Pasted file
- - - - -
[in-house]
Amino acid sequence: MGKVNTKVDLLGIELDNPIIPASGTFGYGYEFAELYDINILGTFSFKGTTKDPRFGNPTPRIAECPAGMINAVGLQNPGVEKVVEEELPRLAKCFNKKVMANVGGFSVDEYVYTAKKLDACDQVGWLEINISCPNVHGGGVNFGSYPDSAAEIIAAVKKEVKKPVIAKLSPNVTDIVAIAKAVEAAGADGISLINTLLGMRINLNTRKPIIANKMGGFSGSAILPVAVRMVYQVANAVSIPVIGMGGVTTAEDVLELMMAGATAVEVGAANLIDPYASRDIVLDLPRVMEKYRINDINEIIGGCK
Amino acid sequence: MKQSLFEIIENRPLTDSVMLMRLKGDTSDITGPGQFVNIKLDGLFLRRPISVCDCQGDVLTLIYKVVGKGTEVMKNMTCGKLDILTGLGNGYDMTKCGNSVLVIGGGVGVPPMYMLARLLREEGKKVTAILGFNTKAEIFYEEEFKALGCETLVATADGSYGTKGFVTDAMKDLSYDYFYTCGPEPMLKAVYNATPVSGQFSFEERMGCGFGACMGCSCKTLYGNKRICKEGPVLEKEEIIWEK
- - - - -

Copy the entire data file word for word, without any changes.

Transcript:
[in-house]
Amino acid sequence: MGKVNTKVDLLGIELDNPIIPASGTFGYGYEFAELYDINILGTFSFKGTTKDPRFGNPTPRIAECPAGMINAVGLQNPGVEKVVEEELPRLAKCFNKKVMANVGGFSVDEYVYTAKKLDACDQVGWLEINISCPNVHGGGVNFGSYPDSAAEIIAAVKKEVKKPVIAKLSPNVTDIVAIAKAVEAAGADGISLINTLLGMRINLNTRKPIIANKMGGFSGSAILPVAVRMVYQVANAVSIPVIGMGGVTTAEDVLELMMAGATAVEVGAANLIDPYASRDIVLDLPRVMEKYRINDINEIIGGCK
Amino acid sequence: MKQSLFEIIENRPLTDSVMLMRLKGDTSDITGPGQFVNIKLDGLFLRRPISVCDCQGDVLTLIYKVVGKGTEVMKNMTCGKLDILTGLGNGYDMTKCGNSVLVIGGGVGVPPMYMLARLLREEGKKVTAILGFNTKAEIFYEEEFKALGCETLVATADGSYGTKGFVTDAMKDLSYDYFYTCGPEPMLKAVYNATPVSGQFSFEERMGCGFGACMGCSCKTLYGNKRICKEGPVLEKEEIIWEK